And the python_console_ipython plugin has something that we can name the project console. A ipython shell with the python path of our project and with the environments variables that the project plugin needs.

IPython Console (converted in a django shell)

To use this we need to add in the project file (.kateproject) a new attribute named “python”, with this structure:

 {
  "name": "MyProject",
  "files": [ { "git": 1 } ],
  "python": {
        "extraPath": ["/python/path/1",
                      "/python/path/2",
                      "/python/path/n"
        ],
        "environs": {"key": "value"},
        "version": "3.2"
    }
 }

I am a django developer, as we say in Django we can come to have a django shell (python manage.py shell) integrated in our editor. But this feature is a generic feature not tied to Django. This feature can be used by other Python developers. I have added only a specific feature to the django developers. If we set in the project file (.kateproject) the attribute projectType with the value Django, the ipython shell automatically loads the models and the settings like a shell_plus does.

  {
   "name": "MyProject",
   "files": [ { "hg": 1 } ],
   "python": {
        "extraPath": ["/python/path/1",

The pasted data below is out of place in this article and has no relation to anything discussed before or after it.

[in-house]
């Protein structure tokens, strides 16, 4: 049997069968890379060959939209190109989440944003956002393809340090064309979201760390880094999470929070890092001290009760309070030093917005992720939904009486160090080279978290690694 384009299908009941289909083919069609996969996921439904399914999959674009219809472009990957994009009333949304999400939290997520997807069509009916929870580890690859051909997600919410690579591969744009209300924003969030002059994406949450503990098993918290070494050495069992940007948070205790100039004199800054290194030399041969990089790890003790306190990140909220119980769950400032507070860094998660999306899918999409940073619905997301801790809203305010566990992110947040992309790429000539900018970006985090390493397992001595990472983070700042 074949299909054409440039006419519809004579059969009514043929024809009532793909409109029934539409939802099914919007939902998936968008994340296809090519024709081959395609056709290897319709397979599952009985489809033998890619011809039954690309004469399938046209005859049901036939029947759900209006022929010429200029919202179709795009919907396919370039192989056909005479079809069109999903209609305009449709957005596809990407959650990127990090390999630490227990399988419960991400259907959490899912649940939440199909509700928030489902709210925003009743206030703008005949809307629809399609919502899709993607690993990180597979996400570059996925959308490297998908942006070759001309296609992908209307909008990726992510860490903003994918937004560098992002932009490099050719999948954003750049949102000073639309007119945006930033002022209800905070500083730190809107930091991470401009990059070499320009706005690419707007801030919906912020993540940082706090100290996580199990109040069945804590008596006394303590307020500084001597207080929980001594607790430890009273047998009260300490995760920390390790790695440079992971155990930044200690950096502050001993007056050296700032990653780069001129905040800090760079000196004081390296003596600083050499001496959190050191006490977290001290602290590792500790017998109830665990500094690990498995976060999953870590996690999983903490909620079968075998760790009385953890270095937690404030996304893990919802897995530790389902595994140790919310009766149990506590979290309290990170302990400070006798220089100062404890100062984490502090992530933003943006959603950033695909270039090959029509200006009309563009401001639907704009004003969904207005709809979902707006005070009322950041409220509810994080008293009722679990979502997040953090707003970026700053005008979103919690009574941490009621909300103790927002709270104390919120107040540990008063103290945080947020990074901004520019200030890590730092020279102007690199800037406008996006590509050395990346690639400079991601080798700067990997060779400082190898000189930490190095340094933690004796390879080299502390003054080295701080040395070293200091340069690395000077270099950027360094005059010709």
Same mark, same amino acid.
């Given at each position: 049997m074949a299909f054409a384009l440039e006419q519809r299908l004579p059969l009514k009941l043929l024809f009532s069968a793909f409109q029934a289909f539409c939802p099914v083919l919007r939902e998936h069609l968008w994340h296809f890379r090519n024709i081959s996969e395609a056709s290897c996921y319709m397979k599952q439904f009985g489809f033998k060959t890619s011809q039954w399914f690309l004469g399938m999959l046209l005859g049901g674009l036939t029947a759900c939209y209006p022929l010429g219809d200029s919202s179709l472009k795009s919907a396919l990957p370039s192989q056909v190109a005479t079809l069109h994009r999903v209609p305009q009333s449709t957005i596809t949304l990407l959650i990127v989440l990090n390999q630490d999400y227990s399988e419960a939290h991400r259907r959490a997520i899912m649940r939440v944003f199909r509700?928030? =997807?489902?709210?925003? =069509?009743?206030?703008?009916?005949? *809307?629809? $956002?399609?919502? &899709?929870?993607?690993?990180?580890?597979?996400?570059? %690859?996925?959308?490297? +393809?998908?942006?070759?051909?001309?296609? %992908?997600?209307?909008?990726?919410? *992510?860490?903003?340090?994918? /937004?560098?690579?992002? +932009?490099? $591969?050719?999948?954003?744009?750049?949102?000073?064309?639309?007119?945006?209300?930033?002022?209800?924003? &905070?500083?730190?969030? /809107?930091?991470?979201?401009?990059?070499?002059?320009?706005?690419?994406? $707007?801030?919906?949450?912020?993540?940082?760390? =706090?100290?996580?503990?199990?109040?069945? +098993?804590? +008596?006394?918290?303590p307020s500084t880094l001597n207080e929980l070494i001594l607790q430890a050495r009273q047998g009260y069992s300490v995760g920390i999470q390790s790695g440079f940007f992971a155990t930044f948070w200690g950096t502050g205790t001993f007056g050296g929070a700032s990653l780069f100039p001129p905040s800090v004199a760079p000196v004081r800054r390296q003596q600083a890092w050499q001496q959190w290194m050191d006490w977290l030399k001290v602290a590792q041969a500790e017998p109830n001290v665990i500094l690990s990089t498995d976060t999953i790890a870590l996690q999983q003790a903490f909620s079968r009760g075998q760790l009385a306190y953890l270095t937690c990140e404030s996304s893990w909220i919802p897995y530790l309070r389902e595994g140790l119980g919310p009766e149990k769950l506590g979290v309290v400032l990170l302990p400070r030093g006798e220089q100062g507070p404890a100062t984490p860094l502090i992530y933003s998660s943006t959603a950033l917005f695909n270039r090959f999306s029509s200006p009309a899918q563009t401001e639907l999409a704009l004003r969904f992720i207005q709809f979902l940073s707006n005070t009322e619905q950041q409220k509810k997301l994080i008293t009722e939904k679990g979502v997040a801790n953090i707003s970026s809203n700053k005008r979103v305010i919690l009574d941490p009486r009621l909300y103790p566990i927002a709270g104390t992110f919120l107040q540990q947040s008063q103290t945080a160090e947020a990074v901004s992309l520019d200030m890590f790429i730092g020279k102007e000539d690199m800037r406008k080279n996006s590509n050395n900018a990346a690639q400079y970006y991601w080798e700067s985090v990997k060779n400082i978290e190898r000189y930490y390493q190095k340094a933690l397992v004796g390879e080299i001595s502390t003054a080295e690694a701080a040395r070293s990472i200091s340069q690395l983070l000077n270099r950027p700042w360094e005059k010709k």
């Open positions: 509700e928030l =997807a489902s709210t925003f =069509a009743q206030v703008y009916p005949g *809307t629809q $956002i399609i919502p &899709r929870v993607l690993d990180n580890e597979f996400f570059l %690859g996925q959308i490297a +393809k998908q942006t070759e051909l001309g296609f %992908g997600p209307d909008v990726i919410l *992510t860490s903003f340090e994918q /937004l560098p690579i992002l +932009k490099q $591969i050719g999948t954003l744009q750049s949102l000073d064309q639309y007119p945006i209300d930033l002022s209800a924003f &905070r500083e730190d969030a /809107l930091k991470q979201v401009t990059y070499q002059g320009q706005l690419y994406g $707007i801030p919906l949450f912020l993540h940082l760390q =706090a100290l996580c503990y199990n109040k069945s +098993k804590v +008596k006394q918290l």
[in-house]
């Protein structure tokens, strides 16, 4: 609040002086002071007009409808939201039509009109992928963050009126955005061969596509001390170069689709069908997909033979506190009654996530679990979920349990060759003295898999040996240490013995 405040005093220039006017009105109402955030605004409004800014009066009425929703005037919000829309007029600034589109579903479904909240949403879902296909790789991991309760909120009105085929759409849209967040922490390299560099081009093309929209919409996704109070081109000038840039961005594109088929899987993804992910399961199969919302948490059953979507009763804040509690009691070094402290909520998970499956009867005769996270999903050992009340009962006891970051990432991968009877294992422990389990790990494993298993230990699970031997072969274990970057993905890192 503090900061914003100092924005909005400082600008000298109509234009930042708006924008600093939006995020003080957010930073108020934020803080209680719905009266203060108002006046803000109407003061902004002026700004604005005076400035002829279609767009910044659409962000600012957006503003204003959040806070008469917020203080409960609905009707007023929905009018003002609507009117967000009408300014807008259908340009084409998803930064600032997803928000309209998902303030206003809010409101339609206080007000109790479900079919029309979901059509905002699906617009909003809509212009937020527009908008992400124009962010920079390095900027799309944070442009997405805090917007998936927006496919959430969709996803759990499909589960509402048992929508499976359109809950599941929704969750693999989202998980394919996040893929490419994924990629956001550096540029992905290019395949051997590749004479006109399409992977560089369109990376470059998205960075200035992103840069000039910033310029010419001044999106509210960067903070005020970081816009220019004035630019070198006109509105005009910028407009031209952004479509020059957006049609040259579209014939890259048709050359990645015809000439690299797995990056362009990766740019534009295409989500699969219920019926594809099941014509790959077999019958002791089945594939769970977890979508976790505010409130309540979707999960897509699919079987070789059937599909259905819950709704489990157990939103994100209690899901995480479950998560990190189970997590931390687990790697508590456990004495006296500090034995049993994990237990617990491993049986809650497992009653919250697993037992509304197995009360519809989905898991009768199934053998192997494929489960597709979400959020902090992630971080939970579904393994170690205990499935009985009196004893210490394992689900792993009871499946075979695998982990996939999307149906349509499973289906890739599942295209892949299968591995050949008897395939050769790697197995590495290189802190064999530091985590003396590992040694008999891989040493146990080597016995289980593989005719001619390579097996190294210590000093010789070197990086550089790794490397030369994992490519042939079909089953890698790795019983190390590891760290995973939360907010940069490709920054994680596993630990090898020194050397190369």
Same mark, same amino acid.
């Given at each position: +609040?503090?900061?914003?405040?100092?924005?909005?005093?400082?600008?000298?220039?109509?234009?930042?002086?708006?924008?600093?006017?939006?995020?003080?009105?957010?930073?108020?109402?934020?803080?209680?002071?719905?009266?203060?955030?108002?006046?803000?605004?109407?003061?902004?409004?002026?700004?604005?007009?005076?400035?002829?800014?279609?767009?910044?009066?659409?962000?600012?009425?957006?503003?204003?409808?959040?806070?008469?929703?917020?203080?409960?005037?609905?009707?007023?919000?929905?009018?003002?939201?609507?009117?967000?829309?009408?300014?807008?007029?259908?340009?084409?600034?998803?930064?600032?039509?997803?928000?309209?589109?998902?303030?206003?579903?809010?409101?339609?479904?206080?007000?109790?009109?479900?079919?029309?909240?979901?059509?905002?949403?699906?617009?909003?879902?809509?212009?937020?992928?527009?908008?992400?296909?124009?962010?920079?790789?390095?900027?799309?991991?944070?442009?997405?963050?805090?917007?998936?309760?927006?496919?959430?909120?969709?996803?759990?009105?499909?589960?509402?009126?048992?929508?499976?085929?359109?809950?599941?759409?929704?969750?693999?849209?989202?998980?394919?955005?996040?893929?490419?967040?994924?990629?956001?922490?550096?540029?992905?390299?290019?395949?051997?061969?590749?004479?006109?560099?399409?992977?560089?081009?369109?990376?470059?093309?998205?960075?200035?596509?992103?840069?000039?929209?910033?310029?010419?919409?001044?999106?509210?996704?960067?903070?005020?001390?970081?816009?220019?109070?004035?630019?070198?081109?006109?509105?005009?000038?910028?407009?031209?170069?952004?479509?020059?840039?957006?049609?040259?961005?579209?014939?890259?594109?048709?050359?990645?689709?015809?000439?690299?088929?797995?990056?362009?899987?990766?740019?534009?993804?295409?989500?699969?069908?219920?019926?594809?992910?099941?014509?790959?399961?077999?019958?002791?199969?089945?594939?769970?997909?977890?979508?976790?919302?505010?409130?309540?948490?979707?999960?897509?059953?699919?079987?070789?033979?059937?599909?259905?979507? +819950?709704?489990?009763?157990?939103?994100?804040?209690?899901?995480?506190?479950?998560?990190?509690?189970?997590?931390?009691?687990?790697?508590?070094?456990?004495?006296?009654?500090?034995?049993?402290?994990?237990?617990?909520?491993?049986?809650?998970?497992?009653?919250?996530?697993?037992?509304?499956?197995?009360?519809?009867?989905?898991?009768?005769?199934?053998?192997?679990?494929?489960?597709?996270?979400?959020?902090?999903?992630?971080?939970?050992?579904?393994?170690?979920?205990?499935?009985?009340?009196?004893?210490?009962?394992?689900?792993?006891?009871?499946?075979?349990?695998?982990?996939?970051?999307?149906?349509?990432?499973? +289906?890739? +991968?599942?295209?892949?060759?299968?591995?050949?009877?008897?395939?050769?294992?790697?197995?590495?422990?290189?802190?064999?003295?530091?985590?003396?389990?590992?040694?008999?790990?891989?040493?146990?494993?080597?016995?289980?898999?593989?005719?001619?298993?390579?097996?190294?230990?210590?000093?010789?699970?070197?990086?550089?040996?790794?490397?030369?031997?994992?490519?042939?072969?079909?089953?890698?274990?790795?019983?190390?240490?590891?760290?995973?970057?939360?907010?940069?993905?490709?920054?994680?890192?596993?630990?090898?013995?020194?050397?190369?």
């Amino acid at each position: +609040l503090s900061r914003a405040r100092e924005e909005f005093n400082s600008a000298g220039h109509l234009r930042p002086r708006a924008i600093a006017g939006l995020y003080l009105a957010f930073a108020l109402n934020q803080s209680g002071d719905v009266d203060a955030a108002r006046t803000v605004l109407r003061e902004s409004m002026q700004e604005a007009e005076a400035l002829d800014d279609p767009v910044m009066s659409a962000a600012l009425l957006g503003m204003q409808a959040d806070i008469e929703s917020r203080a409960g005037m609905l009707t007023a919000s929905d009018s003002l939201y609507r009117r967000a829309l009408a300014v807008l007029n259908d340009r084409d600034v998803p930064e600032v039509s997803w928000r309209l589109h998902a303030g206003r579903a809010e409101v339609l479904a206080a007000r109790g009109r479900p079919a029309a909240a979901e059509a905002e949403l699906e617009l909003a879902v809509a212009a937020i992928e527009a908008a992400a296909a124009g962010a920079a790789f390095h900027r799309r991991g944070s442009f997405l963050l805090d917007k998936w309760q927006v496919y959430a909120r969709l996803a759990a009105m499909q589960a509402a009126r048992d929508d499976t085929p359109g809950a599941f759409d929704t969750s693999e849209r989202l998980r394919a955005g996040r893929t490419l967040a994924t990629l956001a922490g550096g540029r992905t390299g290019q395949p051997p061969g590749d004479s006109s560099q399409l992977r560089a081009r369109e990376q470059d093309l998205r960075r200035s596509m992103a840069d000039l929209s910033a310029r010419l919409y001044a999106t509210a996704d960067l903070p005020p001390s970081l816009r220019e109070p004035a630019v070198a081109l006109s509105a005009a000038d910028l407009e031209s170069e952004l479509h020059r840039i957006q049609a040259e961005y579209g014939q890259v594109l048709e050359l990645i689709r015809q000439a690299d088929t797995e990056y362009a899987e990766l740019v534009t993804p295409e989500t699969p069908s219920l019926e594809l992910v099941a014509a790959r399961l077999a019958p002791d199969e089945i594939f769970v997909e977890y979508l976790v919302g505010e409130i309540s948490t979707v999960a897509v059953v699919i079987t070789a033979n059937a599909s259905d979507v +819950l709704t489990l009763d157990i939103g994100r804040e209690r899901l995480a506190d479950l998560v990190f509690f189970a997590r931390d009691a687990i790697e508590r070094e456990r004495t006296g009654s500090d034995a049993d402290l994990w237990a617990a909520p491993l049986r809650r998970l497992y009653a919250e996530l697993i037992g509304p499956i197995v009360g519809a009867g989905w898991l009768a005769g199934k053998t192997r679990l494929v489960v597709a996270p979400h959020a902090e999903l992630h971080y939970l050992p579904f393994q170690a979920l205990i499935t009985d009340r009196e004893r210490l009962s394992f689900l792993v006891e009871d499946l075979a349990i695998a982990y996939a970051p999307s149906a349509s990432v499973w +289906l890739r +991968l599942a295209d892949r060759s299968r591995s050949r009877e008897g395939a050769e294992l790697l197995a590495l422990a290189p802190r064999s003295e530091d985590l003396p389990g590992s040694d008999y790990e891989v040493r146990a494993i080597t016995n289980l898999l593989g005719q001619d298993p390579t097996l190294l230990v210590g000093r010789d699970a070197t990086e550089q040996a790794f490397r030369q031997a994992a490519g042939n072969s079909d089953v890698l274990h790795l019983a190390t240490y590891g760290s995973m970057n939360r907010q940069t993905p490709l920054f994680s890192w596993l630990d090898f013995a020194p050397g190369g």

"/python/path/2",
                      "/python/path/n"
        ],
        "environs": {"DJANGO_SETTINGS_MODULE": "myproject.settings"},
        "version": "2.7.3",
        "projectType": "django"
    }
  }

I hope you like it :-)

Kate D-Bus Interfaces, used at all?

I just started to clean up the content of kate.git, moving things around, fixing compile warnings and similar stuff.

I stumbled over warnings in our dbus interfaces.

The main use of them is to allow Kate to reuse an existing instance for opening files and sessions. This part (e.g. the interface of the application object itself) works fine and is needed.

But all other interfaces, like the ones for docmanager, mainwindows, … are mostly non-existant or not implemented. I now play with the idea of just removing the nearly empty skeleton implementations, as it seems nobody missed them during the complete 4.x series.

Is there somebody out there that actually uses them and if, how?